In contrast, Ontario has no pre-charge Crown screening program, no Crown caution program, and a Crown prosecution manualthat is silent on the issue of “informal diversion” for youth. Granted, there is reference to informal diversion for adults, but it is limited to situations where no formal programming exists.
The distinction between EJM and EJS is ultimately an access to justice issue. At some courthouses in Ontario, informal diversion will neither be requested nor offered. Even at courthouses where informal diversion is used, its “informal” status can create a sense that it is less legitimate, decreasing the extent to which it is used or even known to many lawyers. Unequal access to justice along regional and economic lines is the likely result.
Further, the failure to recognize informal youth diversion in Ontario’s Crown prosecution manual leads to peculiar results. Where the use of EJS is restricted by Ontario policy (based on ineligible or presumptively ineligible offences), Crown will still have inherent discretion not to proceed with the prosecution of the offence if doing so would be contrary to the interests of justice. Thus the door is always open to informal diversion. As a result, relatively serious cases that might be most appropriately dealt with through EJS are sometimes dealt with informally. Presumably, this was not the intention of policymakers. Restricting EJS based on ineligible or presumptively ineligible offences is an ineffective policy that can actually serve to reduce accountability for more serious offences.
Until “informal diversion” is codified in the YCJA or better recognized in Ontario’s Crown prosecution manual, all Crown and defence counsel across the province who work with youth need to be made aware of this possibility and advocate for its use in appropriate cases.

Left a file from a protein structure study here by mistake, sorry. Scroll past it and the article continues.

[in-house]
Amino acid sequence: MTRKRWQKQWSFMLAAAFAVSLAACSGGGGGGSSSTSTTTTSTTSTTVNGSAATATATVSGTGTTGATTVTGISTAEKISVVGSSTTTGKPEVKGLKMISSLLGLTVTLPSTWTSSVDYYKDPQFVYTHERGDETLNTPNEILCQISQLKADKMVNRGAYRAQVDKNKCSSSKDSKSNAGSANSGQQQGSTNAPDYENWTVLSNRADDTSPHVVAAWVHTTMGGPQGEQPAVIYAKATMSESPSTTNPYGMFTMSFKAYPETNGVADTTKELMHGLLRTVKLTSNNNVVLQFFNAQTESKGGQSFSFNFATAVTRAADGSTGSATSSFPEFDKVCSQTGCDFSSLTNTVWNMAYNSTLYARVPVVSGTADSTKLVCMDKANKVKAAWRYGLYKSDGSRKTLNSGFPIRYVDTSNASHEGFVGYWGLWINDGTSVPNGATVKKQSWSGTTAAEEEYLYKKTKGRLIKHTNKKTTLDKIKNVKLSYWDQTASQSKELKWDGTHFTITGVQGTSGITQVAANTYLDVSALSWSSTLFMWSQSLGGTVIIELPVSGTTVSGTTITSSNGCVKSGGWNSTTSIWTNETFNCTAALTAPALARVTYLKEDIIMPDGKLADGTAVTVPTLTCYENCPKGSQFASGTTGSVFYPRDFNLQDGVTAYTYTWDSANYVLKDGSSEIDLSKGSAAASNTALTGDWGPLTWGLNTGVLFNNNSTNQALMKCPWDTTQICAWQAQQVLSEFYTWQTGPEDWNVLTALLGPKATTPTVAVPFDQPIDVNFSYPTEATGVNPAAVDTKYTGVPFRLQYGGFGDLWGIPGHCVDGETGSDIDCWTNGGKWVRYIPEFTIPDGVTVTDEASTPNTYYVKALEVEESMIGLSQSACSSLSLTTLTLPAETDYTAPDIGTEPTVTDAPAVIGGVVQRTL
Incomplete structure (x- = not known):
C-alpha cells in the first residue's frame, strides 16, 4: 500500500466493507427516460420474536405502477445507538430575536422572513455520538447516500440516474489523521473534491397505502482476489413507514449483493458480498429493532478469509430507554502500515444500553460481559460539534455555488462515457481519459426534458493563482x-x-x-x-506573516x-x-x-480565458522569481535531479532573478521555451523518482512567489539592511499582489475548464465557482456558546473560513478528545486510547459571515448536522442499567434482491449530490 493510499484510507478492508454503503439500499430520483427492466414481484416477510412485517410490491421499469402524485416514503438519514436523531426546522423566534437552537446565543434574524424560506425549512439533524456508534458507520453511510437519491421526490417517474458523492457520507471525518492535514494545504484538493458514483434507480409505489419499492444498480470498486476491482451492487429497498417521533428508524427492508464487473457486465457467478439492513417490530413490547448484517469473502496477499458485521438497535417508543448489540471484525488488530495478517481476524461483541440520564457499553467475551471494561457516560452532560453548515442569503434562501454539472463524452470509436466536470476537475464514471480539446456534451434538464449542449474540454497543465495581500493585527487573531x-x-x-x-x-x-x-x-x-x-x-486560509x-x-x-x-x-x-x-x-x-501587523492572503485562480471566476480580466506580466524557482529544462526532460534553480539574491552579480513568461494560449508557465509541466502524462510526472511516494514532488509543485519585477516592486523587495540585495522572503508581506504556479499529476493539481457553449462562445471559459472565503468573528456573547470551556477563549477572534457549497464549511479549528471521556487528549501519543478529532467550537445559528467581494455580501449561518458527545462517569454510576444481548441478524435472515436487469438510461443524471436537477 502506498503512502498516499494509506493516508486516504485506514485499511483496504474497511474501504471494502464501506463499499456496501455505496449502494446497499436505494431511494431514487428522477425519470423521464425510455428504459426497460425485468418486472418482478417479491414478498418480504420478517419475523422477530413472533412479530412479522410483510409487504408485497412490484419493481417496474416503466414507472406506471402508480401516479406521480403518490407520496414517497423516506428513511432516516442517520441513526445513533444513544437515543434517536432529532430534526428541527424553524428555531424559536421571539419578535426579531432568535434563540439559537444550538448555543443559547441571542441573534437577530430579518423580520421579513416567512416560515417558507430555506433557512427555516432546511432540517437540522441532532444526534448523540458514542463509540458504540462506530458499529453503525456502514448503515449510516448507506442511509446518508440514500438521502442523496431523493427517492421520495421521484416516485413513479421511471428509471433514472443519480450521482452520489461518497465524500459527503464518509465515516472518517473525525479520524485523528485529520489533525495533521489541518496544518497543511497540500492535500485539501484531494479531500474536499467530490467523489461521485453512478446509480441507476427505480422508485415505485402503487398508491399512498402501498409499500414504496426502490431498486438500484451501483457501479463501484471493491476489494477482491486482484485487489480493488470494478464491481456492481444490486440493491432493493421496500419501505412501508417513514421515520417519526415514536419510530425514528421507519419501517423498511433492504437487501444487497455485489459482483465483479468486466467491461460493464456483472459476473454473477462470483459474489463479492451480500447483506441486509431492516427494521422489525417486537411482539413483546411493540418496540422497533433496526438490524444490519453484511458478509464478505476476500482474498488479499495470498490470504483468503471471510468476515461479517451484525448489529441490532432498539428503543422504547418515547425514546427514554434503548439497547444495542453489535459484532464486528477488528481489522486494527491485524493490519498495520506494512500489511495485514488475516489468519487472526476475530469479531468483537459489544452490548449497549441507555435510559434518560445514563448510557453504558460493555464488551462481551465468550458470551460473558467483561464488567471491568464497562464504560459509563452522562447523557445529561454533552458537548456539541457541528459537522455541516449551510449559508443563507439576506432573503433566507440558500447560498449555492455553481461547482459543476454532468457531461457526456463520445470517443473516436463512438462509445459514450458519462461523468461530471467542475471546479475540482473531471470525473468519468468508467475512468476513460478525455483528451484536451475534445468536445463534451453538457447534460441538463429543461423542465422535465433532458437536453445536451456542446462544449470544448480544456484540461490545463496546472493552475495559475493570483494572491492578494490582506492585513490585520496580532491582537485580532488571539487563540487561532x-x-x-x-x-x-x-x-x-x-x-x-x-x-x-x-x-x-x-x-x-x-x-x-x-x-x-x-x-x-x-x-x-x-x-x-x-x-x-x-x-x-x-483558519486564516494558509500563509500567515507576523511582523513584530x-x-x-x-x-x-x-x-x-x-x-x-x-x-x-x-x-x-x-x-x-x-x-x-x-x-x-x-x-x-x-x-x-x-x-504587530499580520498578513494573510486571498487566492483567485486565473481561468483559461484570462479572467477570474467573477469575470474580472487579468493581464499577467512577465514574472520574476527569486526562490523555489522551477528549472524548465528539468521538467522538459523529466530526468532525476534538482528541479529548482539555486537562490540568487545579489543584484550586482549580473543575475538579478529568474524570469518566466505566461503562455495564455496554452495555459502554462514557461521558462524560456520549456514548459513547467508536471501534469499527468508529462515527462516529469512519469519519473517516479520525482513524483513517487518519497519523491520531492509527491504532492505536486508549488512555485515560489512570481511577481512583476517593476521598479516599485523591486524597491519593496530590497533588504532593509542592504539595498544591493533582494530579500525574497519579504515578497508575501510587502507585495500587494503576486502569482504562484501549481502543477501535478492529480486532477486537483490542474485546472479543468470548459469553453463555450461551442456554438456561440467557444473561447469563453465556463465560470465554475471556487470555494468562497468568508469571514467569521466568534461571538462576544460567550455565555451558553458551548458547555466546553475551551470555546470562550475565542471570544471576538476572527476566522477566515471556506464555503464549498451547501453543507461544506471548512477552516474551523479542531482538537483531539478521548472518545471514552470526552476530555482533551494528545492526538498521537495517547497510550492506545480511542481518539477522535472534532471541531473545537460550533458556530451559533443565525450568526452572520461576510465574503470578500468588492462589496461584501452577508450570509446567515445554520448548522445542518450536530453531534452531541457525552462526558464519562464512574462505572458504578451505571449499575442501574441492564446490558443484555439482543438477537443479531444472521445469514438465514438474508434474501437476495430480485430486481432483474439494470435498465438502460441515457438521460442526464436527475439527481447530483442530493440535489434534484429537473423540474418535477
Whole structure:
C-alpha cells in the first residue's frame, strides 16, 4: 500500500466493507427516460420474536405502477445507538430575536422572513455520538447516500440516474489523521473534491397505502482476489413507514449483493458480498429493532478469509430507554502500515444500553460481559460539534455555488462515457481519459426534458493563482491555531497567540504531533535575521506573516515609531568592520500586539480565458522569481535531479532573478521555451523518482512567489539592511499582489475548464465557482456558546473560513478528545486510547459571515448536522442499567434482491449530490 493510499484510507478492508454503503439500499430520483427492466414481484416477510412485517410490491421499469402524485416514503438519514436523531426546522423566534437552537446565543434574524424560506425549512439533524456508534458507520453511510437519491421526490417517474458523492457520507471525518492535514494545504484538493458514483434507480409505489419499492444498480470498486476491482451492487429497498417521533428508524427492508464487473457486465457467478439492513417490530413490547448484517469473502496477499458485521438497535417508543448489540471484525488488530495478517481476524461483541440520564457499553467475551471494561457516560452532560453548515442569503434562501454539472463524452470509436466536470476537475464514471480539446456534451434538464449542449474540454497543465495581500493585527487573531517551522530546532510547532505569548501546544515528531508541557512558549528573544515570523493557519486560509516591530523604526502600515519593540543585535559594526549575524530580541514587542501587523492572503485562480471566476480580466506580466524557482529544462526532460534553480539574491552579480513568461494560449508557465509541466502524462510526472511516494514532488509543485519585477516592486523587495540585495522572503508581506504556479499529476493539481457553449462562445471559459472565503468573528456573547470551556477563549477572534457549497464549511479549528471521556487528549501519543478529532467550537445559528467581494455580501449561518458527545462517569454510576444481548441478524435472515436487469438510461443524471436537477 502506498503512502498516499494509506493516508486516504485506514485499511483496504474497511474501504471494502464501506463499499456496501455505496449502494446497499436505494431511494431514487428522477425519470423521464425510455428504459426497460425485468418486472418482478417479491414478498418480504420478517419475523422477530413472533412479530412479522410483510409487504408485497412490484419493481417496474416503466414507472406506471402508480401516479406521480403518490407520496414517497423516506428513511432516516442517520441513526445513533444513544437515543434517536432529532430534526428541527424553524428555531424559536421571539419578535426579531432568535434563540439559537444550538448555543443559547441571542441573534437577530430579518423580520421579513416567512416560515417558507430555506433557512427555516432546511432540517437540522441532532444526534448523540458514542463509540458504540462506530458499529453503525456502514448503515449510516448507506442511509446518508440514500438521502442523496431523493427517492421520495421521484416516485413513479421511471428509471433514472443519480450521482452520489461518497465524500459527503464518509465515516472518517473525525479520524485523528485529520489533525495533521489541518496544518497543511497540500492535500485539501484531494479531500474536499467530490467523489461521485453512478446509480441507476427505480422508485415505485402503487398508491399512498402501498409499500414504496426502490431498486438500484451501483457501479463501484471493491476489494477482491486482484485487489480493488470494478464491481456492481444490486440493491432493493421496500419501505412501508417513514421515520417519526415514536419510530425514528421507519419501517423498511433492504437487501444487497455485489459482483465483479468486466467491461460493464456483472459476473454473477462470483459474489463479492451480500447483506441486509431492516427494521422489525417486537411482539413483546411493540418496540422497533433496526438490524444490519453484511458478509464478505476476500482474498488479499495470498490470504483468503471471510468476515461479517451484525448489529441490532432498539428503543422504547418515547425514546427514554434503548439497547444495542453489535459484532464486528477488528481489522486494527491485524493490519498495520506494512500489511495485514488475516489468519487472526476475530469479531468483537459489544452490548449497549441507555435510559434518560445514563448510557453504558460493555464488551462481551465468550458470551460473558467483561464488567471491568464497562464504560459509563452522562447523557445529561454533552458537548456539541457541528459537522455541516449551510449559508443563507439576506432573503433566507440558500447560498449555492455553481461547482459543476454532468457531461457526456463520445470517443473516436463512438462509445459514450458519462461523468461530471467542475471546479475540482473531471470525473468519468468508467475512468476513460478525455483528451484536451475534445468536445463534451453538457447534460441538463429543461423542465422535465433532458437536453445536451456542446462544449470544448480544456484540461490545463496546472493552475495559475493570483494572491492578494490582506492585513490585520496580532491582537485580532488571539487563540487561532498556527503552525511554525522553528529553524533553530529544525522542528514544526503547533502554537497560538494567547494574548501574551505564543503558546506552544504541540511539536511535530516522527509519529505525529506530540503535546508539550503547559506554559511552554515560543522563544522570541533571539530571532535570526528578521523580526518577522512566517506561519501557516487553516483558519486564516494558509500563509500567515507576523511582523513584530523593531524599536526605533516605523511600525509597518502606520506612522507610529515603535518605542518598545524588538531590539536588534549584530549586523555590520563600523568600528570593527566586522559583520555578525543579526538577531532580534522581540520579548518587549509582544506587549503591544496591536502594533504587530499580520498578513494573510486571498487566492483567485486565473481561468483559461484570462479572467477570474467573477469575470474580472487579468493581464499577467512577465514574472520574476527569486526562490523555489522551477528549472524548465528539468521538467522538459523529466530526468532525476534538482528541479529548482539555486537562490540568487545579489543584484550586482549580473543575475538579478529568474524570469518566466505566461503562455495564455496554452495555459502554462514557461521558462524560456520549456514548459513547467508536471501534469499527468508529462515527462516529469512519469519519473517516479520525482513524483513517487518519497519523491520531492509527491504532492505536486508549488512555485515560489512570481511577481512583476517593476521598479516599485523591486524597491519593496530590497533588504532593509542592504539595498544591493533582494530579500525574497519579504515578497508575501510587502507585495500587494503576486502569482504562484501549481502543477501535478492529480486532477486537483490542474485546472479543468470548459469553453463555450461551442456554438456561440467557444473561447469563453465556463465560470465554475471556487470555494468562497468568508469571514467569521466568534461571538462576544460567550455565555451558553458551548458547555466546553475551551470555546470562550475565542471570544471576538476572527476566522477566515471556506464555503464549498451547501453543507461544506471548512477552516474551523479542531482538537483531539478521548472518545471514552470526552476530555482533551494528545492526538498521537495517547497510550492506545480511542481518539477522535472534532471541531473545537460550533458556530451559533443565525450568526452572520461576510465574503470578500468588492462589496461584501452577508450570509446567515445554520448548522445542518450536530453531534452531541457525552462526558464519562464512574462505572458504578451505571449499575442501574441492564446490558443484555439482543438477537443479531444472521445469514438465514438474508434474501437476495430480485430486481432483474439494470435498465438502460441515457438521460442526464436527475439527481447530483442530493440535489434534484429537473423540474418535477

Rob Mason was Peacebuilders’ Public Interest Articling Fellow (2017-2018). Rob graduated from the University of British Columbia’s Allard School of Law in 2017, with a specialization in law and social justice. Prior to law school he studied international relations at the University of Toronto. Rob has been active in various volunteer activities, including PBSC placements at the Canadian Civil Liberties Association and the BC Public Interest Advocacy Centre. Rob has been published in the Canadian Centre for Policy Alternatives Monitor, and the Globe and Mail, among other publications. Rob is driven to better integrate social justice considerations into law and policy, and thus to contribute positively to social change.
This blog is intended to provide a platform for a range of perspectives on restorative justice and Canada’s youth justice system. The views expressed in this blog post do not necessarily reflect the views of Peacebuilders.